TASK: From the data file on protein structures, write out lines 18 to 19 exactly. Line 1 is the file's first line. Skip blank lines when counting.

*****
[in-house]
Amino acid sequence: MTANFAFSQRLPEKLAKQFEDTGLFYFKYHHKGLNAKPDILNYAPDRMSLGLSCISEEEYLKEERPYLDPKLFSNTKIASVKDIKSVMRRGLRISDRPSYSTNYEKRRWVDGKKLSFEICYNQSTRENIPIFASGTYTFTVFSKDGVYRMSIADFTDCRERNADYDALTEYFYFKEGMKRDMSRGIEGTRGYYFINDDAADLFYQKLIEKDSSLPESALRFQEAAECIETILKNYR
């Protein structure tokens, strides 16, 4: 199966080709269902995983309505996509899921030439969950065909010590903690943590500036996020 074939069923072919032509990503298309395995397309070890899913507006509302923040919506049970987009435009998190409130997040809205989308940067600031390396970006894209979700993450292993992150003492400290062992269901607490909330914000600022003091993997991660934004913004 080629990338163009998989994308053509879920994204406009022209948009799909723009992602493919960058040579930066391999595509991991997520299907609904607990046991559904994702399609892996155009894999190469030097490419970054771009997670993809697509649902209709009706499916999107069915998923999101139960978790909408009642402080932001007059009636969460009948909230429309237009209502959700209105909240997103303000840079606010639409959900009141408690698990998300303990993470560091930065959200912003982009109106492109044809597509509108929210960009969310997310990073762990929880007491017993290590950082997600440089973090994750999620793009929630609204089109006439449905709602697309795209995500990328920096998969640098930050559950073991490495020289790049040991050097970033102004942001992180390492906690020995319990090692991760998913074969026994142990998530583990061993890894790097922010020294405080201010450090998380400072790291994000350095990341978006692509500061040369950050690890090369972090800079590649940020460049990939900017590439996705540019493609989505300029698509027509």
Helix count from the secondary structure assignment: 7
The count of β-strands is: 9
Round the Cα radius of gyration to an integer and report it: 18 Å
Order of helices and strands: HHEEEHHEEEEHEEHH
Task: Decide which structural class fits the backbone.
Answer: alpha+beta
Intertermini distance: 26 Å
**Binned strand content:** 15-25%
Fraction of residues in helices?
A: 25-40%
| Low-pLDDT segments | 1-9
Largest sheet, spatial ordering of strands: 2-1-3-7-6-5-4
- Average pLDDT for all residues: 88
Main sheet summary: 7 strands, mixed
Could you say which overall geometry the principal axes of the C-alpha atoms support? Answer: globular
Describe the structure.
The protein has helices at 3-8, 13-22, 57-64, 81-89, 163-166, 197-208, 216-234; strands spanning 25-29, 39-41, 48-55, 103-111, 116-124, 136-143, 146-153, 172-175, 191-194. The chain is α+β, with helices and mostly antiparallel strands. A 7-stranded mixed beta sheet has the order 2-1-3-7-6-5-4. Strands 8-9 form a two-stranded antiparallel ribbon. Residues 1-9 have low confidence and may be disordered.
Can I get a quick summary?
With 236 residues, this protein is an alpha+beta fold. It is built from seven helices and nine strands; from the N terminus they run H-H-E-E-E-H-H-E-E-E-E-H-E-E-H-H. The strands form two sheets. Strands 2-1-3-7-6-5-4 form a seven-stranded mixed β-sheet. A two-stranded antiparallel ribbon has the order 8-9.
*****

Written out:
Could you say which overall geometry the principal axes of the C-alpha atoms support? Answer: globular
Describe the structure.